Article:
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HD DVD Review: Transformers

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Uneven in terms of style, pacing, and tone, Transformers is an attempt to resurrect a classic ‘80s franchise in over-budgeted "Hollywood summer movie" style. Without an attachment to the Transformers themselves, the film is a mess of convoluted, hard-to-follow action and countless unnecessary characters that get in the way of keeping the pace.

To see more than a basic synopsis, read the SD DVD review which contains the full movie critique.

While the SD DVD was reference quality for the format, it’s not hard to see why the HD format can make a difference. Detail is phenomenal, unmatched by almost any live action disc you pop into your player. The over saturated colors are perfect without bleeding or creating compression problems. The added resolution makes it easy to pick out details on the special effects and gain a better appreciation for the time spent crafting them.

Light grain is evident throughout, yet it feels proper when dealing with harsher, more dramatic story elements. Sparks, explosions, and smoke are replicated flawlessly. It may not have the added sheen of a pure CG-animated film such as Happy Feet, but it’s hard to match this disc for live action.

While it lacks an uncompressed track, this Dolby Digital Plus effort is a noticeable improvement when directly compared to the standard edition. Separation of the rear speakers is incredible. The opening fight in the military base is a demo-worthy sequence for any audiophile. Bass is constantly evident, from the footsteps of the giant robots to the explosions they cause.

Paramount is touting the interactive online features of this disc, and to say these are a massive disappointment would be an understatement. Only two are currently available for download direct to the internal memory of your player. One would think everything would be ready to go on the day of release.

What is ready for viewing is a wasteful “Sector 7 Security Video.” After waiting for a rather long download to complete, you’re treated to a tiny multi-screen video of an unidentified Transformer changing in a parking garage. It’s less than 10 seconds.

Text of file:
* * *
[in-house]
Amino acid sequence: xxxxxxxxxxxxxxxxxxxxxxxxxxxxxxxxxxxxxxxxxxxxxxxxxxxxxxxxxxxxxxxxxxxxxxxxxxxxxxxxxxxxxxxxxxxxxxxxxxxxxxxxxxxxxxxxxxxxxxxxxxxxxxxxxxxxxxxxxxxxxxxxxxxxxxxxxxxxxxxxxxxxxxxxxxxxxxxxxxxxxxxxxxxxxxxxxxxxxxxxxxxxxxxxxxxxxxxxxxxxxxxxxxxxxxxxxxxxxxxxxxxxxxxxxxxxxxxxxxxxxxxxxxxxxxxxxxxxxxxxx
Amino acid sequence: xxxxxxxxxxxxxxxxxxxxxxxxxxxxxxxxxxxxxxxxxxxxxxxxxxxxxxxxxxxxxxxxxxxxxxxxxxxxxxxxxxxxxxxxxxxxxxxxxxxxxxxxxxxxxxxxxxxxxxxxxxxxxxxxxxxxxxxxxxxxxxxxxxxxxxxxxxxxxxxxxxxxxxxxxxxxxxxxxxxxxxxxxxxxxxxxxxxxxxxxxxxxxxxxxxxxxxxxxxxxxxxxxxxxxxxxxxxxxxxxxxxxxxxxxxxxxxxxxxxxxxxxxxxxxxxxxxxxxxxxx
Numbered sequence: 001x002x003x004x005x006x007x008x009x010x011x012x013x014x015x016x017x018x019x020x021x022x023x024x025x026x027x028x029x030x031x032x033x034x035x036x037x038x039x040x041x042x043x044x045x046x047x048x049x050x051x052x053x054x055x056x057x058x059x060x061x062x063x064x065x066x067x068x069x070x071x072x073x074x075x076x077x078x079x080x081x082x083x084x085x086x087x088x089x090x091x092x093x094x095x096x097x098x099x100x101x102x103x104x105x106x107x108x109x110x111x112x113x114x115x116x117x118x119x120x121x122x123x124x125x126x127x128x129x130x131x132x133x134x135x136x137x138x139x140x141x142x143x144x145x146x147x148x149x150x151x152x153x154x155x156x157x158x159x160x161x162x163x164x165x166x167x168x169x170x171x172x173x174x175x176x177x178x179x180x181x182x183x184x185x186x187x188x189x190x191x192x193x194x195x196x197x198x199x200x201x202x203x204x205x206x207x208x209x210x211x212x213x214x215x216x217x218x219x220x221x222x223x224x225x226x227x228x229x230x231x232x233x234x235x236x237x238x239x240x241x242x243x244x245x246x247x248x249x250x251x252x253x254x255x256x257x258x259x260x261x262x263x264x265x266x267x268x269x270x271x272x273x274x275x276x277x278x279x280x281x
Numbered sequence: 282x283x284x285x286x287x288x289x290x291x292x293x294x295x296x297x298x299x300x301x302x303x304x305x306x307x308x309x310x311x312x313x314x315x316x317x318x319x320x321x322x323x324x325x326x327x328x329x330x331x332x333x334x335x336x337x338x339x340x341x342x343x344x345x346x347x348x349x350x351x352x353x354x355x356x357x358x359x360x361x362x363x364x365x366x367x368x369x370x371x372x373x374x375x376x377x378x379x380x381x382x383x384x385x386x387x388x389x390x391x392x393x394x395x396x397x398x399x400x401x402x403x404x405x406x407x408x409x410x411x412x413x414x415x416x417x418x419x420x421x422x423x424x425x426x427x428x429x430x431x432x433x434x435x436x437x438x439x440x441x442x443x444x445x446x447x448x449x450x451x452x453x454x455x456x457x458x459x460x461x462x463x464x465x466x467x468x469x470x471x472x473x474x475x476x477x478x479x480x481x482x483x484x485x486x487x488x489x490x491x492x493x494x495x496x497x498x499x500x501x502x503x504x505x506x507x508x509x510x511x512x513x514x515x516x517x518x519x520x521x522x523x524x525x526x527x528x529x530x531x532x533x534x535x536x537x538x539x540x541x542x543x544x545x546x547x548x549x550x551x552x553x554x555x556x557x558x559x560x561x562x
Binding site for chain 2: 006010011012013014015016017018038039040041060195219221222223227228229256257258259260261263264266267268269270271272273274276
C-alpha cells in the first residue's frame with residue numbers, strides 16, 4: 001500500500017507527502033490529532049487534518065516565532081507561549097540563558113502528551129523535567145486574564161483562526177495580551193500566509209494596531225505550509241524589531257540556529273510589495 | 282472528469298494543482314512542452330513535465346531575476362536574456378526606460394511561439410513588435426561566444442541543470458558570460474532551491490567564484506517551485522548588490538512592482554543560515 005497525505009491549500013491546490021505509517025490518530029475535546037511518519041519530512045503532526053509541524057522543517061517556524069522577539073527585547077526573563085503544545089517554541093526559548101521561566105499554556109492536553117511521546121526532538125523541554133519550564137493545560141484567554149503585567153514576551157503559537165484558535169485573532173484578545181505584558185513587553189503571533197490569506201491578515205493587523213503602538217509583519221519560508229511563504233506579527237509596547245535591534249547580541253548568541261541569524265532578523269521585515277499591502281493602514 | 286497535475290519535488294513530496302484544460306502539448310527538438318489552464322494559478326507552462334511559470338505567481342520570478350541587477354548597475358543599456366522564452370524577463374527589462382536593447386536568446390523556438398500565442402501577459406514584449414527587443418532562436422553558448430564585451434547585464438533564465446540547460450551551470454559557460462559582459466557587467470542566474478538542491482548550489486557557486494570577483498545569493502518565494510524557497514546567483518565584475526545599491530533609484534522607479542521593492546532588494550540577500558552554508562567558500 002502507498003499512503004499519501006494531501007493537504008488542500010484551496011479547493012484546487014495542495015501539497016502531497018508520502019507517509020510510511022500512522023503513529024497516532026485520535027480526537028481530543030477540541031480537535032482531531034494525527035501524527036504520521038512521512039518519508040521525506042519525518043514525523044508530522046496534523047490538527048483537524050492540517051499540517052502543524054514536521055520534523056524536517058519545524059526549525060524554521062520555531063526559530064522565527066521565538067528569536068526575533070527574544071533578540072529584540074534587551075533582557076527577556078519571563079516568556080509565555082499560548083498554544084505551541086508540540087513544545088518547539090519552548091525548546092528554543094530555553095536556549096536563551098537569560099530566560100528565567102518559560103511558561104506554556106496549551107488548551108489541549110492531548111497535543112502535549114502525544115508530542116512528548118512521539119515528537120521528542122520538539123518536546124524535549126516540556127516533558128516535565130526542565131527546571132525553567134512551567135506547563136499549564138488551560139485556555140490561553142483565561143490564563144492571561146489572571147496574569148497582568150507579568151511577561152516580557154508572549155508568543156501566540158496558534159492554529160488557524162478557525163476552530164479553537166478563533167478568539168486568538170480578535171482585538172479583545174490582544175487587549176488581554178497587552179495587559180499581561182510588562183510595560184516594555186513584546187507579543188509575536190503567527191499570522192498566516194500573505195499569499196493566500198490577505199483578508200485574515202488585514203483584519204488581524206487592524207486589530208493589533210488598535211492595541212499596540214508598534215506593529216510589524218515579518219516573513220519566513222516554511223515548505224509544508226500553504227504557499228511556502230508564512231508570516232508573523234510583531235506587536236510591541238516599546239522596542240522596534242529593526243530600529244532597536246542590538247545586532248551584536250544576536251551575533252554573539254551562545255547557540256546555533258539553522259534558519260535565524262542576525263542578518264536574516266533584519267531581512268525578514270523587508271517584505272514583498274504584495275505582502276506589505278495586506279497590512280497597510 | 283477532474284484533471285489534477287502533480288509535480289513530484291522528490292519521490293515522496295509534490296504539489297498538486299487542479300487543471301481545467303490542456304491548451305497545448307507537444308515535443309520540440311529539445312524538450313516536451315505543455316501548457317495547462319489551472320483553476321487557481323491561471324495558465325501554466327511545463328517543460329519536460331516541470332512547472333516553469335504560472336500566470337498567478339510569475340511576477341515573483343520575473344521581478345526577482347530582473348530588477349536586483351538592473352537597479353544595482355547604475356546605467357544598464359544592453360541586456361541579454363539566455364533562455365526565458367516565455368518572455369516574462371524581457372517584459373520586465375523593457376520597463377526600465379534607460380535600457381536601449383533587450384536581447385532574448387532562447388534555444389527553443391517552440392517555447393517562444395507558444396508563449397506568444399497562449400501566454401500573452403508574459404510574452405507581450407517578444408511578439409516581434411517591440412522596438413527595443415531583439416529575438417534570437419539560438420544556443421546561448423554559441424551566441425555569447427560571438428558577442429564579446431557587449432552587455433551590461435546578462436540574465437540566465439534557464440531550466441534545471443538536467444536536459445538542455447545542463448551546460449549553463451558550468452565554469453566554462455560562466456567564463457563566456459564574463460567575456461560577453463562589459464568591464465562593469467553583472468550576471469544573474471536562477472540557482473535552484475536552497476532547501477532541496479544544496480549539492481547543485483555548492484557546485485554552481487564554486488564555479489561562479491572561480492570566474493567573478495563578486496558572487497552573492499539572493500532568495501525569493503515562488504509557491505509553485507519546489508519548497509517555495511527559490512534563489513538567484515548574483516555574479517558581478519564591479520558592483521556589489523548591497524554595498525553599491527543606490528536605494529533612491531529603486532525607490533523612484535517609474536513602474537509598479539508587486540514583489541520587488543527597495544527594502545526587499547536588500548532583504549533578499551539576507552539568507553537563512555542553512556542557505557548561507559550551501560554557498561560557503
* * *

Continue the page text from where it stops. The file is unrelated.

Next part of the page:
The next option plays the movie bordered by a garish, overly large information screen that obscures the movie. GPS information at the top of the screen lets you know where the scene is taking place, on the left is information pertaining to the Transformer(s) currently on screen, while the bottom triples in size to provide relevant trivia. This is a nice idea that collapses in execution.

Over on disc 1, there’s the Transformers Heads Up Display. Billed as a picture-in-picture commentary, there’s far more than that going on here. Pop-up trivia, interviews, pre-vis, and loads of other content are included. This is arguably better than Bay’s solo commentary track.

A final HD exclusive is the Transformers Tech Inspector. Here you can view the individual Transformers from a variety of angles, in stills or in a spinning motion replay. You’ll play with this for a while until realizing you won’t be returning.

The rest of this two-disc set includes all extras from the standard DVD. The menus on this release seem barren, but there’s a wealth of content. A commentary by Michael Bay needed a few other people alongside him. There’s a lot more to discuss, though HD DVD users have the additional extras to make up for it.

Over on disc two, two fantastic documentaries cover all aspects of the Transformers. Our World discusses the origins of the series and the film. Interviews range from the special effects team, writers, Hasbro execs, and the actors. At 49 minutes, it almost doesn’t seem like enough.

Of course, that isn’t enough, as the 65-minute Their War goes even further. The fan base is interviewed about their passion, design choices for all robots featured (and some not) in the film are discussed at length, and even some of the backlash from the die-hard followers gets some screen time. These two features would have made a fine purchase on their own.

Script to Sand is the final feature, a brief nine-minute look at the Skorponok desert attack. It’s mostly comprised of storyboard and animatics. After the exhaustive work in the other features, this doesn’t even seem necessary.

After the massive box office draw which doubled the estimated budget and the surge of merchandise sales, a sequel is basically guaranteed. New robots are planned which were cut for various reasons from this film, including Soundwave.

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About Matt Paprocki

Matt Paprocki has critiqued home media and video games for 13 years and is the reviews editor for Pulp365.com. His current passion project is the technically minded DoBlu.com. You can read Matt's body of work via his personal WordPress blog, and follow him on Twitter @Matt_Paprocki.